Princess Anne continues mother’s legacy of honoring the armed forces as she's the first royal to attend this unique service

Princess Anne is thought to be the first royal to attend this private service, in keeping with her celebrated lowkey nature

Princess Anne attended the lowkey service
(Image credit: Owen Humphreys - Pool / Getty Images)

Anne, the Princess Royal took part in an intimate, private ceremony honoring the 55th anniversary of the final Withdrawal from Aden. The last outpost of the British Empire, the Aden state of emergency is often considered a more forgotten conflict, and Anne’s taking part in the lowkey service has been hailed as an “honor” by those affected.

Paying tribute to the sacrifices of anyone serving in the forces was always deeply important to the late Queen, and it’s something her daughter, Anne, has taken on in her death.

The Court Circular explained that the Princess Royal attended the service near her home at Gatcombe Park. She traveled down to meet forgotten veterans of an often forgotten campaign.

The Service of Remembrance to commemorate the 55th Anniversary of the Final Withdrawal from Aden was a private affair for veterans and their families. Members of the public could not attend the service at St Katherine's Church, Matson but the presence of Princess Anne was described as an “honor.”

Princess Anne attended the service and joined guests for lunch at a Best Western

(Image credit: Jonathan Brady - Pool/Getty Images)

The anniversary marks the day 3,500 men of the British garrison in Aden were evacuated. The last outpost of the empire dissolved following an insurgency against British rule in the south of the Arabian Peninsula.

The last aircraft left at 1.30pm on November 29, 1967.

Around 200 soldiers were killed and 1,500 injured during the five year state of emergency leading up to the withdrawal.

The final garrison of 3,500 soldiers were airlifted to a massive naval fleet moored nearby.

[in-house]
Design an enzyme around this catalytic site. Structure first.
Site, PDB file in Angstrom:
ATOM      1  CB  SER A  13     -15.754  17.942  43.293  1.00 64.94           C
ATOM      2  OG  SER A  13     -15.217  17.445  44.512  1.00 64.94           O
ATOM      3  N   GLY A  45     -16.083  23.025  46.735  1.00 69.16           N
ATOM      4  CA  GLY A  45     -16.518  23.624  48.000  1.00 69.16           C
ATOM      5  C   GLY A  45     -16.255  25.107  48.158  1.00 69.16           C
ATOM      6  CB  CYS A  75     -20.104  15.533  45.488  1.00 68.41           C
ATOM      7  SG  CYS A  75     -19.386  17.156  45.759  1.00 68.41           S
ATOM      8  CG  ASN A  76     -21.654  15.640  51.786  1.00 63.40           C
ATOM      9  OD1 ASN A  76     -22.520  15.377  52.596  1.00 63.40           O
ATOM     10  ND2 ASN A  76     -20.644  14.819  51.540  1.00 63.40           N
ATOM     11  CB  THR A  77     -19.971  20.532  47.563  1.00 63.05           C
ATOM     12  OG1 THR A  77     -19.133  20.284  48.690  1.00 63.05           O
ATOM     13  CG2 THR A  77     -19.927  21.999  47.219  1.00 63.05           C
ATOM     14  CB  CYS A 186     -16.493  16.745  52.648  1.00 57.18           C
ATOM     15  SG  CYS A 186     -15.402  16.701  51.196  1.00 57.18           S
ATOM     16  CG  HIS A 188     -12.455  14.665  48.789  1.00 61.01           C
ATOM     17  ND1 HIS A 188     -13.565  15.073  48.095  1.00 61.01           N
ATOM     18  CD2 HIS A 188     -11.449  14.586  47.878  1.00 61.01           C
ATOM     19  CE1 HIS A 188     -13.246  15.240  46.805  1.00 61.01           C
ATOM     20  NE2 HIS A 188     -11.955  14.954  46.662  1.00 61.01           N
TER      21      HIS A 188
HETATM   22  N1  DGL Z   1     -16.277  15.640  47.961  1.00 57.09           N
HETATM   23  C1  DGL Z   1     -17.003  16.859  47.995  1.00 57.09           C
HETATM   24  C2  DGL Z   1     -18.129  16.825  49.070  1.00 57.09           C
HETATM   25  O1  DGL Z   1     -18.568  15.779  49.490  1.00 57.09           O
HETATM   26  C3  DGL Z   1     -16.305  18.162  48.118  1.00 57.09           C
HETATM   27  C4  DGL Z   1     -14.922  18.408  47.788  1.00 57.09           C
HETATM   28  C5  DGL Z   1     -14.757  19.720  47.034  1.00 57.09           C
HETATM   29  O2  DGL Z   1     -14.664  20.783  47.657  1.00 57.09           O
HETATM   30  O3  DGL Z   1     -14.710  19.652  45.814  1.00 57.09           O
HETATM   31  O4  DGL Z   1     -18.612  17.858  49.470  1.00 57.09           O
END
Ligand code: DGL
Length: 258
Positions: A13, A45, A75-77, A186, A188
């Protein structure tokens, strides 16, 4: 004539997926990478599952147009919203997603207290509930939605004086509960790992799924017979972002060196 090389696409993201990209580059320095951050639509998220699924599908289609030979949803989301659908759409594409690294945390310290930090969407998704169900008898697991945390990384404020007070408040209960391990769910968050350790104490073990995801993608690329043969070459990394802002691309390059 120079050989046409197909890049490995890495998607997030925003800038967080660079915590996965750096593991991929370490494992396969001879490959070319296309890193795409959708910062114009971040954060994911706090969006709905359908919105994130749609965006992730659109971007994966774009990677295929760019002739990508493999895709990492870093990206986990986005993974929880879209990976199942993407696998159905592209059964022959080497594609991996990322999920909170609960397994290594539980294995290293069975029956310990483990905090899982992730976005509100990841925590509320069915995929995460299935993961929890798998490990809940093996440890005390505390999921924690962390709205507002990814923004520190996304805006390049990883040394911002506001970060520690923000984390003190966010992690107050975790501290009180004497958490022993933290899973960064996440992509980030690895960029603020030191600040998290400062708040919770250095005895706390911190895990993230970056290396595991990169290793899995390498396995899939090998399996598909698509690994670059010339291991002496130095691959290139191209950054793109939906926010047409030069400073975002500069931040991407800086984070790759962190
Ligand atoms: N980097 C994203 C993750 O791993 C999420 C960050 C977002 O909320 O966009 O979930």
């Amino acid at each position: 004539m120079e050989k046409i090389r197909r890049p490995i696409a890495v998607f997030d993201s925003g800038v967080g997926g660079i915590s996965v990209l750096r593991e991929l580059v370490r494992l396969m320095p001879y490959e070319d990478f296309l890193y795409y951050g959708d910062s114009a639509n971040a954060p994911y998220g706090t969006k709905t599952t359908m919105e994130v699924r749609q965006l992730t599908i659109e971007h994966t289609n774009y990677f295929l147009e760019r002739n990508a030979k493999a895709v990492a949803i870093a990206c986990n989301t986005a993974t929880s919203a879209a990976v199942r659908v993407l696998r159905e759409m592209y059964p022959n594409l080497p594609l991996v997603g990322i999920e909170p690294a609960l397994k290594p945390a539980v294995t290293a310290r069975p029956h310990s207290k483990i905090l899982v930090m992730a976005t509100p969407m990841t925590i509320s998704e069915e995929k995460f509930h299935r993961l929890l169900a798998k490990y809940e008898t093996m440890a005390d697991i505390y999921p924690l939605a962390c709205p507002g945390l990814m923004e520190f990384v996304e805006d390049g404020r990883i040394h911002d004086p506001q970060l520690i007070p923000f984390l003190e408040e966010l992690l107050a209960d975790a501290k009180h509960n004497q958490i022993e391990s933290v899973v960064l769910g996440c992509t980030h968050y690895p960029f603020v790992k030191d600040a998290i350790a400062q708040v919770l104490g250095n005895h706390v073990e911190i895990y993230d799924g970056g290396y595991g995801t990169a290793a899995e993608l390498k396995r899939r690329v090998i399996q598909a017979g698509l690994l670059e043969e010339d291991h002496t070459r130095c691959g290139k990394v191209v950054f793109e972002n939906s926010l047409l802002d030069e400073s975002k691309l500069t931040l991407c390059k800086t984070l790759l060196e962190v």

Princess Anne, like the Queen before her, goes to great efforts to honor veterans

(Image credit: Jonathan Brady - Pool/Getty Images)

Mr Compton, the veteran’s branch secretary, said, “It was only around 20 years after the Second World War so people did not think it was significant, but you can compare it to the withdrawal from Afghanistan."

The branch secretary of the Veterans Association described how it felt having Anne attend.

“From our point of view, it most certainly is [a big deal]. The Lord-Lieutenant often attends these services but I think this is the first time we have had a member of the Royal Family in person. It is an honor.“

As the spokesperson touched on, it’s thought to be the first time a royal has attended a service to honor those who died in Aden, formerly a protectorate of the British Empire in Yemen, now the capital of the Middle Eastern country.

Proving that she is comfortable without the royal airs and graces, Princess Anne went on to attend a lunch with servicemen and their families at a nearby Best Western afterwards.

Jack Slater
Freelance writer

Jack Slater is not the Last Action Hero, but that's what comes up first when you Google him. Preferring a much more sedentary life, Jack gets his thrills by covering news, entertainment, celebrity, film and culture for woman&home, and other digital publications.

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